The African Wildlife Foundation has announced a $10 million fund to quickly target poachers. The Urgent Response Fund aims to reduce the killings of thousands of endangered elephants and rhinos every year.
The AWF said in the 1970s, Africa was home to more than 1.3 million elephants. That figure has plummeted to about 419,000 today. Elephants are now being killed at the rate of 35,000 a year. Rhino numbers are also dwindling. South African officials said more than 2,000 have been killed in the last two years alone. Giraffes and lions are fairing very poorly, as well.
Craig Sholley, the organization’s vice president for philanthropy and marketing, said, “It’s just really, really important for people to recognize that this is a serious problem. There’s a possibility that we could lose elephants within the next 20 years. The same is true of rhinos and certain populations of lions and cheetah and gorillas and chimpanzees.”
He said that the Urgent Response Fund will be used in targeted ways.
“We’ve got three different categories and they’re relatively simple. The categories are Stop the Killing, Stop the Trafficking and Stop the Demand. Stop the Killing is all about addressing the poaching on the ground in targeted areas in Africa. Category two is all about stopping the trafficking. Finally, as far as Stop the Demand is concerned the big markets are in Asia – China, Hong Kong, Thailand, Vietnam. We’re working with a partner WildAid to create public awareness and behavioral change.”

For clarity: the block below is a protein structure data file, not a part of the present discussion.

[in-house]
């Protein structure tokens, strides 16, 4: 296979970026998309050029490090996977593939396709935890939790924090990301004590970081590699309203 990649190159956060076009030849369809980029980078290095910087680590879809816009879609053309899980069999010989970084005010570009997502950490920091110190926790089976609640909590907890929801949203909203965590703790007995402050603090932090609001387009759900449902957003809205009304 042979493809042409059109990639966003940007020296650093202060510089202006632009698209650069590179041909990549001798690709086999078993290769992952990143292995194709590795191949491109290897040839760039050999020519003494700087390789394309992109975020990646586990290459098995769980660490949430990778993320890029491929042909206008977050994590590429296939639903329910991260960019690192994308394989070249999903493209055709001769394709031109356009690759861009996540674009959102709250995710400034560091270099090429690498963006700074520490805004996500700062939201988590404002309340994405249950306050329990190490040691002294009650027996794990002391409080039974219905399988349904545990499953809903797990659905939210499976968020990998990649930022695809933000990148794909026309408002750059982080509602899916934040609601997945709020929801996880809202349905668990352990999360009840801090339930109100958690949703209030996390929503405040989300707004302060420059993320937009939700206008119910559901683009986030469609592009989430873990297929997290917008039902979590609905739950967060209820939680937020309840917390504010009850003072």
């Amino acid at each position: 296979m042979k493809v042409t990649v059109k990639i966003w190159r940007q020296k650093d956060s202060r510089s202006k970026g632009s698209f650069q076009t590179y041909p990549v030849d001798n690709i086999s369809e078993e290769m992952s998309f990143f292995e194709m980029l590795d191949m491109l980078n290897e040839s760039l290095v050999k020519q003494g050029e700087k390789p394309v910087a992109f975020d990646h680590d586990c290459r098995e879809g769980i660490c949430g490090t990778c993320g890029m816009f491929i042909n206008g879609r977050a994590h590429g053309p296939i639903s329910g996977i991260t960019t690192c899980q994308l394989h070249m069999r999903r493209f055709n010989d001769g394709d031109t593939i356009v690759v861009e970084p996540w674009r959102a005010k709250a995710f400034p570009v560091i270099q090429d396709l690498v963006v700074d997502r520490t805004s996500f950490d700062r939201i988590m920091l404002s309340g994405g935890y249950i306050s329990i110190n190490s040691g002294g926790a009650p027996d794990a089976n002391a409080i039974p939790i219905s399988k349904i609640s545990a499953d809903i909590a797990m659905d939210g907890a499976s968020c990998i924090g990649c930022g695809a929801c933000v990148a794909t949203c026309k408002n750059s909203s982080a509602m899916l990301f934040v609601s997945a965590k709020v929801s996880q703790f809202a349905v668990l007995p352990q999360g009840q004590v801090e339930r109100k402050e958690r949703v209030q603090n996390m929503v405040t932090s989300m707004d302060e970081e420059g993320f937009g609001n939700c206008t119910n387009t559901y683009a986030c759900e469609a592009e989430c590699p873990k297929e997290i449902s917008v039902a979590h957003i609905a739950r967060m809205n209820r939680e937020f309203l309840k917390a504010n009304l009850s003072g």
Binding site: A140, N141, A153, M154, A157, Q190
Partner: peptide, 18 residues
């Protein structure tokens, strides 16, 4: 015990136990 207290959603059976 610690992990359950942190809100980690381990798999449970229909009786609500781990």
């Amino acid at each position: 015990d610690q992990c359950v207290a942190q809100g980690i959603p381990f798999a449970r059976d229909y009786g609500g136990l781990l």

The AWF and WildAid are creating celebrity public service announcements or PSAs. Sholley said such radio and TV spots helped to sharply reduce the demand for shark fin soup.
“We hope to do the same as far as ivory and rhino horn is concerned,” he said.
The strategy calls for the training and use of sniffer dogs at key wildlife product smuggling points – airports and seaports in Kenya, Tanzania, Ethiopia and the DRC. The organization has underwritten the purchase of a helicopter to patrol a private reserve near South Africa’s Kruger National Park.
The $10 million from the AWF will support the Urgent Response Fund for three years. And Sholley said there’s no red tape or bureaucratic hang-ups.
“That’s what’s really exciting about this. Governments like the United States, Great Britain and China [have] stepped-up with funds that are similar -- $10 million. We’re talking about the largest economies in the world. And AWF has effectively stepped-up with the same amount. They do have to go through a certain bureaucracy in terms of ensuring that the funds are going to be funneled to appropriate parties on the ground,” he said.
The African Wildlife Foundation is a non-profit organization founded in 1961 with headquarters in Kenya.